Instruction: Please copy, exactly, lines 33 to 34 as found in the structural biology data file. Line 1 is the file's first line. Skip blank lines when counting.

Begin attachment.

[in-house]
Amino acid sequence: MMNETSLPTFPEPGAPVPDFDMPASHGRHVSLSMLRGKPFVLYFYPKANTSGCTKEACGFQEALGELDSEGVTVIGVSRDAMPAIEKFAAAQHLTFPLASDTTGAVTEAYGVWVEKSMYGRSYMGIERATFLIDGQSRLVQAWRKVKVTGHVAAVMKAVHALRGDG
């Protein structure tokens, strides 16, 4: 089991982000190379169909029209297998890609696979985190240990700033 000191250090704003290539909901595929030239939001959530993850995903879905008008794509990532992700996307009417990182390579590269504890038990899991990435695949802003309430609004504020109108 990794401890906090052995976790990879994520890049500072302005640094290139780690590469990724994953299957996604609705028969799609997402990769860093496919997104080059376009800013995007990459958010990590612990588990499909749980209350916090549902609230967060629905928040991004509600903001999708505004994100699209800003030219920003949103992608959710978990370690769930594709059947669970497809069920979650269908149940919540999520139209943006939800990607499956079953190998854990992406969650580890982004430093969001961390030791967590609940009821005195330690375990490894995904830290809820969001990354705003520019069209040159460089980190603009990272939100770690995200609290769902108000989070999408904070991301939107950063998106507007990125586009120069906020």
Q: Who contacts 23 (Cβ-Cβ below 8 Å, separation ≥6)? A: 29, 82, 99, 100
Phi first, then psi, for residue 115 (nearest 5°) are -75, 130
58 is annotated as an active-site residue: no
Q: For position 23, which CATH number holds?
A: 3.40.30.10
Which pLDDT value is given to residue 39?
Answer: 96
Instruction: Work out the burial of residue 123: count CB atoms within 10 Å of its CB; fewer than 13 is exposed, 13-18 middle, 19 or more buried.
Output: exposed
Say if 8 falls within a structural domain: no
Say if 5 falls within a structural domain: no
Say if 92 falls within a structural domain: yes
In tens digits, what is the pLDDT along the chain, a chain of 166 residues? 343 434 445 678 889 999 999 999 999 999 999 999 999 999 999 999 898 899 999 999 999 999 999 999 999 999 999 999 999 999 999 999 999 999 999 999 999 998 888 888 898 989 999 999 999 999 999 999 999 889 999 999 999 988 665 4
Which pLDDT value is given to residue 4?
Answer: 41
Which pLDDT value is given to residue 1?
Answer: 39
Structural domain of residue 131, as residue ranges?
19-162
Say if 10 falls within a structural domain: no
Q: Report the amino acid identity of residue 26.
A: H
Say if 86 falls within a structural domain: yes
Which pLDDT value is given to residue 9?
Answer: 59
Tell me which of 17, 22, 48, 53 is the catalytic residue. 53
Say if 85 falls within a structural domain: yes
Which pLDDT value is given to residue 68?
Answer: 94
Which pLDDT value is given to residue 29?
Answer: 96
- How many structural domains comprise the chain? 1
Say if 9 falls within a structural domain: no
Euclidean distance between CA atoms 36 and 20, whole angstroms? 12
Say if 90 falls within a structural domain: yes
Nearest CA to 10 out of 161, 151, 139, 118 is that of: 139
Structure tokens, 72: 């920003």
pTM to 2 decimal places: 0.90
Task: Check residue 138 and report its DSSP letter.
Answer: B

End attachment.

Which pLDDT value is given to residue 29?
Answer: 96